24. Research-based instruction at the first tier is for all students and consists of explicit instruction in: phonological awareness the alphabetic principle (letter-sound correspondence) fluency with connected texts vocabulary development comprehension Tier 1 1st Tier Klingner & Orosco, 2006

  25. Tier 2 2nd Tier • The second tier is only for those students who do not reach expected benchmarks using a curriculum-based progress-monitoring assessment instrument such as the DIBELS (Dynamic Indicator of Basic Early Literacy Skills) • Students receive additional intensive support in small groups or individually • This support is provided within general education • Students may receive this additional support in their classrooms or in a different setting Klingner & Orosco, 2006

  26. Tier 3 3rd Tier • Students who continue to struggle are then provided with a third tier or level of assistance that is more intensive. It is this third tier many would consider to be special education. Klingner & Orosco, 2006

  27. Evidence – Option #1 • Reading proficiency increases • Special education referrals down specifically in learning disabilities • Helps with mislabeling • Test results improve

  28. Positive Behavioral Interventions and Supports (PBIS) • History – 1997 IDEA • School wide behavioral support system • Involves entire school staff • Goal – positive school climate and environment

  29. 5% 15% 80% of Students CONTINUUM OFSCHOOL-WIDE INSTRUCTIONAL & POSITIVE BEHAVIORSUPPORT Tertiary Prevention: Specialized Individualized Systems for Students with High-Risk Behavior Secondary Prevention: Specialized Group Systems for Students with At-Risk Behavior Primary Prevention: School-/Classroom- Wide Systems for All Students, Staff, & Settings Walker et al., 1996

  30. OUTCOMES DATA SYSTEMS PRACTICES Supporting Social Competence & Academic Achievement Four Elementsof PBIS Supporting Decision Making Supporting Staff Behavior Supporting Student Behavior Sugai & Horner, 2002

  31. Classroom Lunchroom Bus Hallway Assembly Respect Others Use inside voice Eat your own food Stay in your seat Stay to right Arrive on time to speaker Respect Environment & Property Recycle paper Return trays Keep feet on floor Put trash in cans Take litter with you Respect Yourself Do your best Wash your hands Be at stop on time Use your words Listen to speaker Respect Learning Have materials ready Eat balanced diet Go directly from bus to class Go directly to class Discuss topic in class w/ others Teaching Matrix Sugai, 2006

  32. Tool of Measurement – Office Referrals PBIS, 2006

  33. Evidence: Option #2 (PBIS) • Office referrals decrease • Administration and teaching time increases – staff satisfaction • Suspension rates down • Keeps kids with behavioral problems (emotional disturbed) in a general education environment and learning • School wide test scores increase

  34. Education Referral and Tracking Software • Management Information System • Web based individualized learning plans • Improves documentation of services and interventions • Can link to Medicaid billing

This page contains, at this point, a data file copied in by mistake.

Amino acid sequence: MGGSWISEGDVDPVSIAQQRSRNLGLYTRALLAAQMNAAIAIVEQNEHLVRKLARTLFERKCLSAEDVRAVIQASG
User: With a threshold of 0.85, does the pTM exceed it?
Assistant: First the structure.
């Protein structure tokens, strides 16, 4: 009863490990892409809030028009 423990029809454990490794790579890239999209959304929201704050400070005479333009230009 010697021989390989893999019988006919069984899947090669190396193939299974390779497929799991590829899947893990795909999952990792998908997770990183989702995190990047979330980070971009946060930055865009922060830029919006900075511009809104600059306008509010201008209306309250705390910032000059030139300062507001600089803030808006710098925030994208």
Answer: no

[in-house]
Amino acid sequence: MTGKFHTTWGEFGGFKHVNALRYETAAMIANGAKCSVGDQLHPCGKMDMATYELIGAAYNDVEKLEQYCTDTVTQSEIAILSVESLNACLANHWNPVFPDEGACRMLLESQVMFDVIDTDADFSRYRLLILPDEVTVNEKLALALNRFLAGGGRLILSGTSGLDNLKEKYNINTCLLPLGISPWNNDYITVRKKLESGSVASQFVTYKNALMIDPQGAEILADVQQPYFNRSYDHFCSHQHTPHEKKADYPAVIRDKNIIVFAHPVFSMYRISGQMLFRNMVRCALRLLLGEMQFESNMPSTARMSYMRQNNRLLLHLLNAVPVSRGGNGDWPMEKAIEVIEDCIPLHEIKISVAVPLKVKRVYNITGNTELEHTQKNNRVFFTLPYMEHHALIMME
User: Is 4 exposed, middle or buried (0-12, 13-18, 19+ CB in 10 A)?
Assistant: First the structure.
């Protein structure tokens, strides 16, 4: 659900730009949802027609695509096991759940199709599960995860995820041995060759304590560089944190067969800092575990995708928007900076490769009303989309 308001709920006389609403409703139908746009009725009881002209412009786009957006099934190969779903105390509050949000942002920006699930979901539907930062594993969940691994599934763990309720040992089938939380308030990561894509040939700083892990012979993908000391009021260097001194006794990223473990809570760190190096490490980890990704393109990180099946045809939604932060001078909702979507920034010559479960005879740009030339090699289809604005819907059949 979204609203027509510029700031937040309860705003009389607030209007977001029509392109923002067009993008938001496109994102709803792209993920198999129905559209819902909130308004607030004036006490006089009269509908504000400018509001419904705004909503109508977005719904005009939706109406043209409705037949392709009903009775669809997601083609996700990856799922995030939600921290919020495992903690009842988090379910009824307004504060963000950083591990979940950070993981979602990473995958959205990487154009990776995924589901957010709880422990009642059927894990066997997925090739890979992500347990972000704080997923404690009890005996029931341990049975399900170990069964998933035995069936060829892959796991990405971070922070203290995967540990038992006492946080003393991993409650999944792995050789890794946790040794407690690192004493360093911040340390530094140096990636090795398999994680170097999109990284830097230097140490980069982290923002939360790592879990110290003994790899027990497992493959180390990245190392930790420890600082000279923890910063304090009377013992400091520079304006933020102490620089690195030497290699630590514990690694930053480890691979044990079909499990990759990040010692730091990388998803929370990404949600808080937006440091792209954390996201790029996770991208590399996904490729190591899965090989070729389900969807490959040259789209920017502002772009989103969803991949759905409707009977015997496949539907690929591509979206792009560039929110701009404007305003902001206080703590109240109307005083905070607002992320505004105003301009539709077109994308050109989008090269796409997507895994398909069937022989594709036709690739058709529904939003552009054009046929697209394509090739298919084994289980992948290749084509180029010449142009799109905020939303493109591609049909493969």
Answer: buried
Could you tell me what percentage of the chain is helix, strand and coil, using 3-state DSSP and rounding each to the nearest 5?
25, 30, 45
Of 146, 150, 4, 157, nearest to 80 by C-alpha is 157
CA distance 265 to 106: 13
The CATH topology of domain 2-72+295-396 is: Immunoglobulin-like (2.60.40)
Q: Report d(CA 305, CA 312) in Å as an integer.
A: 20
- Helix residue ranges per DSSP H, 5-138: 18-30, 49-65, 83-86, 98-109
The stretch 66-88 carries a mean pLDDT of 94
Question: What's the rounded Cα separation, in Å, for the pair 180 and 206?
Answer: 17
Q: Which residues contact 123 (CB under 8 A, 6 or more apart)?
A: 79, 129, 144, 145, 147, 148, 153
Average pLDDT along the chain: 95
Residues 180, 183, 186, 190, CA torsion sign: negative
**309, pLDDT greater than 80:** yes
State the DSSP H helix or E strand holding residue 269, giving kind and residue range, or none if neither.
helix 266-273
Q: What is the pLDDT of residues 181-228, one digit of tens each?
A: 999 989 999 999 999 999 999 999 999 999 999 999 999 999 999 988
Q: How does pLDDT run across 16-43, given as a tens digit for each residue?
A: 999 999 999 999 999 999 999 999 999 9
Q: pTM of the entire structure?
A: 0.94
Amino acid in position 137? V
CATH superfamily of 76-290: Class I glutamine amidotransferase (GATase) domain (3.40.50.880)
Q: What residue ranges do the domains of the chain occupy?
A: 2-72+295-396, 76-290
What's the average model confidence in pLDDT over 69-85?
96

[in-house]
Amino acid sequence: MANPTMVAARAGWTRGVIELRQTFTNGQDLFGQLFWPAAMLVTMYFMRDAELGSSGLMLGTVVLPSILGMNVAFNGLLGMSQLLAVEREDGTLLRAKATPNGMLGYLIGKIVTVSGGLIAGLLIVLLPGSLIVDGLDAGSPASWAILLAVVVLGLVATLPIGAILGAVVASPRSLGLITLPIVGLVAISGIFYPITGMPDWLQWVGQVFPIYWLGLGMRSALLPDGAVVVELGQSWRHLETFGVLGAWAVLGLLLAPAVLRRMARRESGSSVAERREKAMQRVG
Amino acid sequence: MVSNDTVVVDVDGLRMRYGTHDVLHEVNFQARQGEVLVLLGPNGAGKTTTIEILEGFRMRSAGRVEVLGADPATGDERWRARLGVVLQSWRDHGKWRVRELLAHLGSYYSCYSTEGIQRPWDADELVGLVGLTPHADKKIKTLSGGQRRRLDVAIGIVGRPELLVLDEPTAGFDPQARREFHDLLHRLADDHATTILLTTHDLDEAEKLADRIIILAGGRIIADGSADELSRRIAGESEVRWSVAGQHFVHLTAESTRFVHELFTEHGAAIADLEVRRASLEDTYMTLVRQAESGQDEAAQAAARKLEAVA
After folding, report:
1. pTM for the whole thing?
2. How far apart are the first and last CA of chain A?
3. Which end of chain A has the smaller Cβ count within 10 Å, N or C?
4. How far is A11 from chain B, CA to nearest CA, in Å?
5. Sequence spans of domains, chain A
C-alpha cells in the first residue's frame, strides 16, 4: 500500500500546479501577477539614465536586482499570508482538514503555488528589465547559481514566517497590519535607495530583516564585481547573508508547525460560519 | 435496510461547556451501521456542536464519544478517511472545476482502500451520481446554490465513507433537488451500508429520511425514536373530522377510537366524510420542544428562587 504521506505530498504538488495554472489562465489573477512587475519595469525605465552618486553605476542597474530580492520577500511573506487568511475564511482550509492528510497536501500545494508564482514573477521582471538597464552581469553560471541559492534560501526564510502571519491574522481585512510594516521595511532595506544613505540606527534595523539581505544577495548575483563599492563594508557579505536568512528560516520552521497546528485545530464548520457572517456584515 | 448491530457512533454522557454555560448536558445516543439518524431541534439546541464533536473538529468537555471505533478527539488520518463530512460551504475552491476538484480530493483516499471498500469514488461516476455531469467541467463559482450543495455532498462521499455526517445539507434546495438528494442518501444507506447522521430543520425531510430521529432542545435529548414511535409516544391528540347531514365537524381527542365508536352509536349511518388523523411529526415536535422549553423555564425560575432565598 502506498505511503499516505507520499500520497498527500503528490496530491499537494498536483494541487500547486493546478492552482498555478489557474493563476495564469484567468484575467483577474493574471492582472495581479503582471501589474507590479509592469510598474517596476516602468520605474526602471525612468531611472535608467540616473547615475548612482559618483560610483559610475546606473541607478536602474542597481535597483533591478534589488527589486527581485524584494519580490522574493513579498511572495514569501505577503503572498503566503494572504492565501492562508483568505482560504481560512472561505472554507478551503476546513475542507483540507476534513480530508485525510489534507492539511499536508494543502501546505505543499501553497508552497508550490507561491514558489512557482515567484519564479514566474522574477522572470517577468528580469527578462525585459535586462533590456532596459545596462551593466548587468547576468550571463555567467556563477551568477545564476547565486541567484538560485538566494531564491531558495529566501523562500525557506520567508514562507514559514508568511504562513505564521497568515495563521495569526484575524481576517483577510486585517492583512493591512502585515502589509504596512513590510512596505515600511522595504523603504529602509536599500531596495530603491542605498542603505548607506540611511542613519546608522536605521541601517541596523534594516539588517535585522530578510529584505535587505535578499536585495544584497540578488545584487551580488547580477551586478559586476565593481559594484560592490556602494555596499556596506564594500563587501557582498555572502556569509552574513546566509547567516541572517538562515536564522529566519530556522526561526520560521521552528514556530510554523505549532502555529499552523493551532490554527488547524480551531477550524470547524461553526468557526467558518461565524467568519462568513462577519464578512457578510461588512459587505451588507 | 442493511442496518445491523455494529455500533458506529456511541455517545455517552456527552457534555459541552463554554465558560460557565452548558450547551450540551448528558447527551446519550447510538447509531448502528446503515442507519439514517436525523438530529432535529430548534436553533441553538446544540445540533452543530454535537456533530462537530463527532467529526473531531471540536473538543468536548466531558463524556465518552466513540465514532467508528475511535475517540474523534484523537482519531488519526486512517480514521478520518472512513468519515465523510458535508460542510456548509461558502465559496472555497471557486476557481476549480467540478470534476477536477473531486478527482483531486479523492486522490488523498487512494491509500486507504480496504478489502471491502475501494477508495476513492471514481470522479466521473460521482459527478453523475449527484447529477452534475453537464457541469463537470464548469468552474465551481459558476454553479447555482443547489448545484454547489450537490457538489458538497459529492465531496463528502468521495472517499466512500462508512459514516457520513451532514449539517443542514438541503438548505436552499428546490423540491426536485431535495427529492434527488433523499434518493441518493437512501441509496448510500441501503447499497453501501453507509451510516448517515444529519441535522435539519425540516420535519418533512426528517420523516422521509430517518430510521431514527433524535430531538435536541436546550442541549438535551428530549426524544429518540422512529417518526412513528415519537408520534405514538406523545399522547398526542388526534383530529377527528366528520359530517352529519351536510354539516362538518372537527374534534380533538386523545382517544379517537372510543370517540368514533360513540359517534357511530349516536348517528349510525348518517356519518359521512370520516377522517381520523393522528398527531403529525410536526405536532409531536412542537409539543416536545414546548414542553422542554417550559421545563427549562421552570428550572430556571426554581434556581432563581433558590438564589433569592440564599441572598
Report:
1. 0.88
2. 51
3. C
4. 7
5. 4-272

35. Management Software

  36. Evidence: Policy Option #3 (4GL) • Reduction in paperwork • Decrease costs of special education • Increases special education test scores

  37. Relevance to MCH Social Work • Every child is in the school system • IDEA funds school social workers • Shift to more preventative SW • Social Workers leading PBIS teams

  38. What would you invest in?

  39. 4GL Software 2007 Budget MCPS

  40. Questions and Answers?

  41. References • P.L. 108-446, Individual Disabilities Education Improvement Act (IDEA) (2004). • Positive Behavior Supports and Interventions (PBIS). (2006). PBIS Maryland. Retrieved April 7, 2006 from http://www.pbismaryland.org/ • President's Commission on Excellence in Special Education. (2001). A new era: Revitalizing special education for children and their families. Washington, D.C.: U.S. Department of Education. • Klinger, J. & Orosco, M. (2006). Cultural considerations with response to intervention (RTI) models and literacy instruction. Retrieved April 1, 2006 from http://www.nccrest.org/disproportionality/JK.MO.MB.ppt#256,1,Cultural Considerations with Response to Intervention (RTI) Models and Literacy Instruction • Montgomery County School System (MCPSa). (2005). Annual report on our call to action. Rockville, MD: Montgomery County School System. • Montgomery County Public Schools (MCPSb). (2006). Operating budget. Rockville, MD: Montgomery County Public Schools.

  42. References • Sugai, G. (2006). Positive behavioral interventions and supports: Getting started. Retrieved April 7, 2006 from http://www.pbismaryland.org/Presentations/SpringForum2006/SpringForum2006Plenary.ppt • Sugai, G., & Horner, R. H. (2002). Introduction to the special series on positive behavior support in schools. Journal of Emotional and Behavioral Disorders, 10(3), 130-135. • Tilly, W. D. (2005). Diagnosing the learning enabled: Response to intervention provisions of IDEA '04 Retrieved March 26, 2006 from http://www.nasdse.org/documents/NASDSE_RTI_Case_pt1.pdf • Walker, H. M., Horner, R. H., Sugai, G., Bullis, J. R., Sprague, D., Bricker, D., Kaufman, M. J. (1996). Integrated approaches to preventing antisocial behavior patterns among school-age children and youth. Journal of Emotional and Behavioral Disorders, 4, 194-209.